George, Charlie and James l-r
Her sons George, Charlie and James cheer her up
"Secondary bone cancer is like diabetes - controllable but not curable. So why are they not the same?" she says.

The issue of prescription charges is a fairly hot topic at the moment.

Charity Breast Cancer Care recently launched a campaign urging free prescriptions for cancer patients and a review of the list of exempt conditions, saying no-one should have to pay prescription charges for what could be life-saving treatment.

Permanent fistulas (eg colostomy)
Forms of hypoadrenalism
Myasthenia gravis
Myxoedema (underactive thyroid)
Epilepsy needing continuous anti-convulsive therapy
Permanent physical disabilities meaning person cannot leave house unaided
Exemptions drawn up in 1968; last reviewed 1998
In Wales, politicians have reduced all prescription charges to 4 and plan to scrap them completely by 2007. The Scottish Parliament recently decided against scrapping prescription charges, but is looking again at the rules on exemptions.

The Department of Health said there were no plans at present for a review of prescription charges, but did note that the Health Select Committee was looking at the issue as part of a broader inquiry into NHS charges.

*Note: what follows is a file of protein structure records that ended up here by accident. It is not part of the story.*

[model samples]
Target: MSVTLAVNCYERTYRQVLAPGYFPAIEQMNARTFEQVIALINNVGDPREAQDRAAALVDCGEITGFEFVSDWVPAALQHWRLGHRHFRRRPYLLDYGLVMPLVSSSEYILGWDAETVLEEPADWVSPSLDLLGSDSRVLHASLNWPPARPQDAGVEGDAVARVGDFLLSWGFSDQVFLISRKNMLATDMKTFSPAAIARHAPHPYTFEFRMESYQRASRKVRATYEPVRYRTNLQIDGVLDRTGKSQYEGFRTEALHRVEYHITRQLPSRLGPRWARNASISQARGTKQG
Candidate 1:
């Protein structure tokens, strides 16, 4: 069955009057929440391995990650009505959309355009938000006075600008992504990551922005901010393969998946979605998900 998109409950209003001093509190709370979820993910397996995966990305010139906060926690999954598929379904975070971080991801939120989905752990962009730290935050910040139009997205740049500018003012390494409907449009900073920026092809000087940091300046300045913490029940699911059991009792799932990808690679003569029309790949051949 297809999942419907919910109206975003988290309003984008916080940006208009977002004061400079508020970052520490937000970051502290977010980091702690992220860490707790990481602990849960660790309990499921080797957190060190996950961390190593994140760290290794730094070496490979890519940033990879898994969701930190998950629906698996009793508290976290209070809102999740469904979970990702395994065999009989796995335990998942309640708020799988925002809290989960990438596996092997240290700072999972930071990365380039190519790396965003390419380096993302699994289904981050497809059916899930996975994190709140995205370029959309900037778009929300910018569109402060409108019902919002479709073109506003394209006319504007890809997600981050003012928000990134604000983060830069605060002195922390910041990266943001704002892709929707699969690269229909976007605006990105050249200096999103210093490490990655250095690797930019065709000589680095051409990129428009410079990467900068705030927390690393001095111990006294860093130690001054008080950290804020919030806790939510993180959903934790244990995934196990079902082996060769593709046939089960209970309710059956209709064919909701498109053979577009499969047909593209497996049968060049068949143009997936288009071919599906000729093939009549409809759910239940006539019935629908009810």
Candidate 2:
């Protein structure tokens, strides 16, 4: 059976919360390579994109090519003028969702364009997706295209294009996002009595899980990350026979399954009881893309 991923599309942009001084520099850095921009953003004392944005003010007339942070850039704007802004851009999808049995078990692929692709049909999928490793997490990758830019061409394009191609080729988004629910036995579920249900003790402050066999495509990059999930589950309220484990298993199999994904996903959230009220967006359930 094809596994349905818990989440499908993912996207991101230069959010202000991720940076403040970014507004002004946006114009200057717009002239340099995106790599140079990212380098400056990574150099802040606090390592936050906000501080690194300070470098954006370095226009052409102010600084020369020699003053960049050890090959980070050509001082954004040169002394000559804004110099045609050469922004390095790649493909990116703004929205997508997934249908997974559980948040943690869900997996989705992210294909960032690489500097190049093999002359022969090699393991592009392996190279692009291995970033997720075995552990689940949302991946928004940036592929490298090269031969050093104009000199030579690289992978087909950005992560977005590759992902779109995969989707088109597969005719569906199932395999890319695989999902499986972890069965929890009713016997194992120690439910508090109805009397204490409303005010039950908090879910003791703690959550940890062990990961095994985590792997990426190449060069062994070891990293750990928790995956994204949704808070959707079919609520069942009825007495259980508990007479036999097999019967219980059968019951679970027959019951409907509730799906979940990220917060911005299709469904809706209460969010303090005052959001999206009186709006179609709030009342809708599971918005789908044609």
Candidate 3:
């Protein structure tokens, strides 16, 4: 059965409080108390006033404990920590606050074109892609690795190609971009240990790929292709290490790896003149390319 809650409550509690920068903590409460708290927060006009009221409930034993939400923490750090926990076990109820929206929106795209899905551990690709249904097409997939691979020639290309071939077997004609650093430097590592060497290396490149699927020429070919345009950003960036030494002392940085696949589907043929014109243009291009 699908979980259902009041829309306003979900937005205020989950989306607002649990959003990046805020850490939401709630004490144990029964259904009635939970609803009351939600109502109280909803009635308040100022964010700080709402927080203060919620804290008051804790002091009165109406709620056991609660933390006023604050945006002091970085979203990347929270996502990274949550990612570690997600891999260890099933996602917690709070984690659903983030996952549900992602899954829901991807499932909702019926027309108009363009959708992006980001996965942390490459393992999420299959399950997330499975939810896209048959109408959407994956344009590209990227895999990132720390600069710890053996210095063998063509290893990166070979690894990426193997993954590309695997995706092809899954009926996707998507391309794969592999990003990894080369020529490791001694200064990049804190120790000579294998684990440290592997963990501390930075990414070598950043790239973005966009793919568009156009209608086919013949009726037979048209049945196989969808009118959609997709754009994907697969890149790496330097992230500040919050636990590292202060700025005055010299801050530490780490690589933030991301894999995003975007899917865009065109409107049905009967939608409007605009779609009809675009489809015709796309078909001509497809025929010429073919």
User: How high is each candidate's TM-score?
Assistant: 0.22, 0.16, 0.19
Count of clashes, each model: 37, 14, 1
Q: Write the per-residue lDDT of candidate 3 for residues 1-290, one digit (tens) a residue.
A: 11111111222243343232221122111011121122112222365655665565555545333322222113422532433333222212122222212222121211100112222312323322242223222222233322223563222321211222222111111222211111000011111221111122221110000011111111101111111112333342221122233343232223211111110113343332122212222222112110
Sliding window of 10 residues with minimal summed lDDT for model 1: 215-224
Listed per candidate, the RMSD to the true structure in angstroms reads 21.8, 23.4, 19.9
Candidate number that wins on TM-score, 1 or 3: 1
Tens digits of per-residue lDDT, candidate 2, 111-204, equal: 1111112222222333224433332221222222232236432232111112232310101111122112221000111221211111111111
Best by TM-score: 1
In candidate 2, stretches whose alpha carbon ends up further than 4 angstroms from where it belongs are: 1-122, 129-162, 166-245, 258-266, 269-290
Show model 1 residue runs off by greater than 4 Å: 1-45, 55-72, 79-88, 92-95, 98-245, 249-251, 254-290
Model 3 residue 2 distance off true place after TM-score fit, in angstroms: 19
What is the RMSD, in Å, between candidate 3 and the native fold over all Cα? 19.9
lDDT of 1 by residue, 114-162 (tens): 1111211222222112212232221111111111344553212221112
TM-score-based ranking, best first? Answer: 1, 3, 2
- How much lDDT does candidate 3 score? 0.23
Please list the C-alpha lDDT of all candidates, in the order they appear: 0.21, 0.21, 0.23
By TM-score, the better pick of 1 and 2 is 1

A spokeswoman said some people on low incomes, children, pregnant women and the over 60s all received free prescriptions.

"In England our policy is to use the finite resources of the NHS to give priority to helping people who may have difficulty in paying charges, rather than extending the exemption arrangements," she said.

Getting on with it

In the meantime, Mrs Dobson is trying to come to terms with her illness.

England, Scotland, Northern Ireland: 6.50
Wales: 4 (to be scrapped by 2007)
Scottish Executive reviewing prescription charging system
Health Select Committee reviewing charges across the NHS

"I do have my moments - right now I could probably cry - but I try not to cry in front of the children, and I don't think I've cried for probably a week now."

She says her sons - six-year-old twins George and James, and three-year-old Charlie - cheer her up greatly, while she has "very supportive" friends and family and a "brilliant" husband.

"I just feel that I need to keep on going, otherwise if I don't I'll just dwell on it and I don't want to do that," she says.

Do you have any pictures that could make a story? If so, you can send them to yourpics@bbc.co.uk or MMS them to 07725 100 100.

Your views